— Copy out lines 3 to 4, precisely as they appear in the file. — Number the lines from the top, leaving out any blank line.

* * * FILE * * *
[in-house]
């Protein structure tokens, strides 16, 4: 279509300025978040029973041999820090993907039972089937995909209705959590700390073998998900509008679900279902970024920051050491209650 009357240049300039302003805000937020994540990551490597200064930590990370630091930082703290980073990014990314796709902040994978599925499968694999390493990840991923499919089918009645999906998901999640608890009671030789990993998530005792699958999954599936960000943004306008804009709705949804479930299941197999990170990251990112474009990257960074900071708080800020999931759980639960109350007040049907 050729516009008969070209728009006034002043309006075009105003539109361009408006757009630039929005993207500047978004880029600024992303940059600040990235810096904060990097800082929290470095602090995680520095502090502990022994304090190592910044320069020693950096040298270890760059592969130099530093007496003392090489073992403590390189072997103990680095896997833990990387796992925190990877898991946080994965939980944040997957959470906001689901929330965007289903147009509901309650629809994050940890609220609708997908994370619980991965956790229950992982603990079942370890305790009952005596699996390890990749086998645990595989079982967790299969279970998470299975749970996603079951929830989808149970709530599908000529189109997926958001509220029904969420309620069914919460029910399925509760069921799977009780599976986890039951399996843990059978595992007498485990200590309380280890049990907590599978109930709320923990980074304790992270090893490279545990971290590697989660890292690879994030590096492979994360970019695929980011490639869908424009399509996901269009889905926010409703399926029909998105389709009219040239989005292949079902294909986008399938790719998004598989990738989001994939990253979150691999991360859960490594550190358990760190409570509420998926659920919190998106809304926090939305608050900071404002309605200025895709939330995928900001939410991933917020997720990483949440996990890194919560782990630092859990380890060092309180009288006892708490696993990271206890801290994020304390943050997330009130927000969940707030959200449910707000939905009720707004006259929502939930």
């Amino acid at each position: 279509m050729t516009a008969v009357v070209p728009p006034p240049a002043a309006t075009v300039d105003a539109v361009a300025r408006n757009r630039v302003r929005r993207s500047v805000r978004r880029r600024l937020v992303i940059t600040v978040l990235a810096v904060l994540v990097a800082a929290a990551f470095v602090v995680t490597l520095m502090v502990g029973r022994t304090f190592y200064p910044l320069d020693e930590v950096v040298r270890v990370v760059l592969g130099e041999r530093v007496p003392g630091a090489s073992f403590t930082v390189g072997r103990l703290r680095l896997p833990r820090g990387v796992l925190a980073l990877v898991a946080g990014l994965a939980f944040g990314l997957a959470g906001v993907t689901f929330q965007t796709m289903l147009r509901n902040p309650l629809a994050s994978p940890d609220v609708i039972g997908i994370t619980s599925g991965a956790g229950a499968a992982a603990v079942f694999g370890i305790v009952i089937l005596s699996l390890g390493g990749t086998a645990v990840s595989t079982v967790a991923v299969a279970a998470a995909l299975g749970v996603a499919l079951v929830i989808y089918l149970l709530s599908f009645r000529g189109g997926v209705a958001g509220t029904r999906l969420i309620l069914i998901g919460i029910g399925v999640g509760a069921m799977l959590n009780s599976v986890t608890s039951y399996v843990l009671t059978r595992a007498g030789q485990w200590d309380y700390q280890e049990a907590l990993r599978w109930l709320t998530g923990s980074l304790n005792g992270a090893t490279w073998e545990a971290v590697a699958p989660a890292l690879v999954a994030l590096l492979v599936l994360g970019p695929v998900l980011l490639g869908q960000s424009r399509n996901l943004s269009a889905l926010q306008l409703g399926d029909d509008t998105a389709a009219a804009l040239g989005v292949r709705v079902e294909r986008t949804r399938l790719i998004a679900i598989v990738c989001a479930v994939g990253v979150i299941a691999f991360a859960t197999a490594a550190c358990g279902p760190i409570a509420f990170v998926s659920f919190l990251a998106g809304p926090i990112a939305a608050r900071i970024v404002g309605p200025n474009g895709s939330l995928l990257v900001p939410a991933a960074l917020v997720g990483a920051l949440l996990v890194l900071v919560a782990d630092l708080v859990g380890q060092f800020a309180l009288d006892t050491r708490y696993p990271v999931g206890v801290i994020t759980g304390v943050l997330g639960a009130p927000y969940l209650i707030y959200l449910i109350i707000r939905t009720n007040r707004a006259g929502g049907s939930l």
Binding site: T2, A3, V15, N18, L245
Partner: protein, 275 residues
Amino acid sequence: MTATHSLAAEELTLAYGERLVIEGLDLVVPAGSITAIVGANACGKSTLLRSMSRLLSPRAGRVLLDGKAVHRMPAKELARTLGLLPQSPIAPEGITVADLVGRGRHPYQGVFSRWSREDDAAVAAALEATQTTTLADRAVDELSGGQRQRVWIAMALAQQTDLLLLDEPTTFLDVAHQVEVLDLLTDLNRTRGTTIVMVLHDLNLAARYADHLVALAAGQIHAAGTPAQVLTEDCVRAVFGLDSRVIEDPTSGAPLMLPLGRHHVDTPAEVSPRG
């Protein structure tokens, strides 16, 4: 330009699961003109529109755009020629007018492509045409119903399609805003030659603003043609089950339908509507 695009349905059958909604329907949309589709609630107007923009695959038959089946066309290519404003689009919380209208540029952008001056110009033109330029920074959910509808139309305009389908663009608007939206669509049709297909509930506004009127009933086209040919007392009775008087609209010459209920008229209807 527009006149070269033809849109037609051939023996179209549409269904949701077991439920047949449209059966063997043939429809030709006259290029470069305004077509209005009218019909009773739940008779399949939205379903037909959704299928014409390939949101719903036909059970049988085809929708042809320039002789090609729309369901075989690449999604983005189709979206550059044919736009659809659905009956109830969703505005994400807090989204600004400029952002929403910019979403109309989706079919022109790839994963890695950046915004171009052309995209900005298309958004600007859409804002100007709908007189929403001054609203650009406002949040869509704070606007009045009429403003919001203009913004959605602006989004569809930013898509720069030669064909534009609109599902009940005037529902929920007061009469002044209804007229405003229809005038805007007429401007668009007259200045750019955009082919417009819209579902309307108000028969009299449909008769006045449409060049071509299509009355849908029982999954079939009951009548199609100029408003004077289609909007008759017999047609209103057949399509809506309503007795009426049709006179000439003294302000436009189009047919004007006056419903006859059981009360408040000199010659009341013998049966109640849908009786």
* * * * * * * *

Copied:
């Amino acid at each position: 279509m050729t516009a008969v009357v070209p728009p006034p240049a002043a309006t075009v300039d105003a539109v361009a300025r408006n757009r630039v302003r929005r993207s500047v805000r978004r880029r600024l937020v992303i940059t600040v978040l990235a810096v904060l994540v990097a800082a929290a990551f470095v602090v995680t490597l520095m502090v502990g029973r022994t304090f190592y200064p910044l320069d020693e930590v950096v040298r270890v990370v760059l592969g130099e041999r530093v007496p003392g630091a090489s073992f403590t930082v390189g072997r103990l703290r680095l896997p833990r820090g990387v796992l925190a980073l990877v898991a946080g990014l994965a939980f944040g990314l997957a959470g906001v993907t689901f929330q965007t796709m289903l147009r509901n902040p309650l629809a994050s994978p940890d609220v609708i039972g997908i994370t619980s599925g991965a956790g229950a499968a992982a603990v079942f694999g370890i305790v009952i089937l005596s699996l390890g390493g990749t086998a645990v990840s595989t079982v967790a991923v299969a279970a998470a995909l299975g749970v996603a499919l079951v929830i989808y089918l149970l709530s599908f009645r000529g189109g997926v209705a958001g509220t029904r999906l969420i309620l069914i998901g919460i029910g399925v999640g509760a069921m799977l959590n009780s599976v986890t608890s039951y399996v843990l009671t059978r595992a007498g030789q485990w200590d309380y700390q280890e049990a907590l990993r599978w109930l709320t998530g923990s980074l304790n005792g992270a090893t490279w073998e545990a971290v590697a699958p989660a890292l690879v999954a994030l590096l492979v599936l994360g970019p695929v998900l980011l490639g869908q960000s424009r399509n996901l943004s269009a889905l926010q306008l409703g399926d029909d509008t998105a389709a009219a804009l040239g989005v292949r709705v079902e294909r986008t949804r399938l790719i998004a679900i598989v990738c989001a479930v994939g990253v979150i299941a691999f991360a859960t197999a490594a550190c358990g279902p760190i409570a509420f990170v998926s659920f919190l990251a998106g809304p926090i990112a939305a608050r900071i970024v404002g309605p200025n474009g895709s939330l995928l990257v900001p939410a991933a960074l917020v997720g990483a920051l949440l996990v890194l900071v919560a782990d630092l708080v859990g380890q060092f800020a309180l009288d006892t050491r708490y696993p990271v999931g206890v801290i994020t759980g304390v943050l997330g639960a009130p927000y969940l209650i707030y959200l449910i109350i707000r939905t009720n007040r707004a006259g929502g049907s939930l």
Binding site: T2, A3, V15, N18, L245